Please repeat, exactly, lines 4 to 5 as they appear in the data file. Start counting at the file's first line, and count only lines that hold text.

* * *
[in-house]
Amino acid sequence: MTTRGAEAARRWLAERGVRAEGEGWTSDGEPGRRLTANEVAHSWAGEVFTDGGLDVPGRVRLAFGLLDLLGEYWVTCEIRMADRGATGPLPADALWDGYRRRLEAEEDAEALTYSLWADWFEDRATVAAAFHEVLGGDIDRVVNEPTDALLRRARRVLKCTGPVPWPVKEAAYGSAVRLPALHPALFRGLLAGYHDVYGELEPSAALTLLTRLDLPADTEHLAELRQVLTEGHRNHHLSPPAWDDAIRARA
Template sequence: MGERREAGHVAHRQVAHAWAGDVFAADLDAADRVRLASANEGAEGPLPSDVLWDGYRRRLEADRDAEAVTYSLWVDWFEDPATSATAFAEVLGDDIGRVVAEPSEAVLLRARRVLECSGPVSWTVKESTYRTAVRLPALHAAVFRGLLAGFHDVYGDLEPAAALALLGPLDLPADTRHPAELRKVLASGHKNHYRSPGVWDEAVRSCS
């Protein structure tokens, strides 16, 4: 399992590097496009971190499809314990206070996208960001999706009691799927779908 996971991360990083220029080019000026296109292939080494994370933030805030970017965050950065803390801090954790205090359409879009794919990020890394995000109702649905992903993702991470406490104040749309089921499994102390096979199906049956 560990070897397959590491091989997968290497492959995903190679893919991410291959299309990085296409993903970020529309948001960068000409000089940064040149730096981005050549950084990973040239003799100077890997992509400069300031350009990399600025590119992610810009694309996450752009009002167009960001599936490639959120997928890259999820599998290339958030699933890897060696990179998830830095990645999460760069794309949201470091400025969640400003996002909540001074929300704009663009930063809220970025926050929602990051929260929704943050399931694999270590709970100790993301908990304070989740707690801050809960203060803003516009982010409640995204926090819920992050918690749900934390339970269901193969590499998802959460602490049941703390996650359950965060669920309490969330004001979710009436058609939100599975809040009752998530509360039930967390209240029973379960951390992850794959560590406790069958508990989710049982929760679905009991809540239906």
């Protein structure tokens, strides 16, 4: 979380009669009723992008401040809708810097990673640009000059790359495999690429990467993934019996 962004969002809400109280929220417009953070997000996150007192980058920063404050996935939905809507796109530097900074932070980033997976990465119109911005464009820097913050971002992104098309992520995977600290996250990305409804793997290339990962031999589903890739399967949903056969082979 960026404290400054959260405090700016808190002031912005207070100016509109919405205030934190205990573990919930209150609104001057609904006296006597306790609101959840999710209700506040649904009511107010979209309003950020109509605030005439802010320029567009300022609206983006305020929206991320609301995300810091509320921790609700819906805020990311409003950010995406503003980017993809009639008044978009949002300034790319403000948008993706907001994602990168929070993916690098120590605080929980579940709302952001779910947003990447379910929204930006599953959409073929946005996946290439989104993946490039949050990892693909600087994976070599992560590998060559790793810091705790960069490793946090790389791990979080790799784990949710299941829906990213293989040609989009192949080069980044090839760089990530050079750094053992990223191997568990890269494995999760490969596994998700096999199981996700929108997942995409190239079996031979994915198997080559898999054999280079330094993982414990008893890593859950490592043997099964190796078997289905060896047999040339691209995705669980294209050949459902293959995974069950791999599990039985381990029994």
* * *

């Protein structure tokens, strides 16, 4: 399992590097496009971190499809314990206070996208960001999706009691799927779908 996971991360990083220029080019000026296109292939080494994370933030805030970017965050950065803390801090954790205090359409879009794919990020890394995000109702649905992903993702991470406490104040749309089921499994102390096979199906049956 560990070897397959590491091989997968290497492959995903190679893919991410291959299309990085296409993903970020529309948001960068000409000089940064040149730096981005050549950084990973040239003799100077890997992509400069300031350009990399600025590119992610810009694309996450752009009002167009960001599936490639959120997928890259999820599998290339958030699933890897060696990179998830830095990645999460760069794309949201470091400025969640400003996002909540001074929300704009663009930063809220970025926050929602990051929260929704943050399931694999270590709970100790993301908990304070989740707690801050809960203060803003516009982010409640995204926090819920992050918690749900934390339970269901193969590499998802959460602490049941703390996650359950965060669920309490969330004001979710009436058609939100599975809040009752998530509360039930967390209240029973379960951390992850794959560590406790069958508990989710049982929760679905009991809540239906």
């Protein structure tokens, strides 16, 4: 979380009669009723992008401040809708810097990673640009000059790359495999690429990467993934019996 962004969002809400109280929220417009953070997000996150007192980058920063404050996935939905809507796109530097900074932070980033997976990465119109911005464009820097913050971002992104098309992520995977600290996250990305409804793997290339990962031999589903890739399967949903056969082979 960026404290400054959260405090700016808190002031912005207070100016509109919405205030934190205990573990919930209150609104001057609904006296006597306790609101959840999710209700506040649904009511107010979209309003950020109509605030005439802010320029567009300022609206983006305020929206991320609301995300810091509320921790609700819906805020990311409003950010995406503003980017993809009639008044978009949002300034790319403000948008993706907001994602990168929070993916690098120590605080929980579940709302952001779910947003990447379910929204930006599953959409073929946005996946290439989104993946490039949050990892693909600087994976070599992560590998060559790793810091705790960069490793946090790389791990979080790799784990949710299941829906990213293989040609989009192949080069980044090839760089990530050079750094053992990223191997568990890269494995999760490969596994998700096999199981996700929108997942995409190239079996031979994915198997080559898999054999280079330094993982414990008893890593859950490592043997099964190796078997289905060896047999040339691209995705669980294209050949459902293959995974069950791999599990039985381990029994």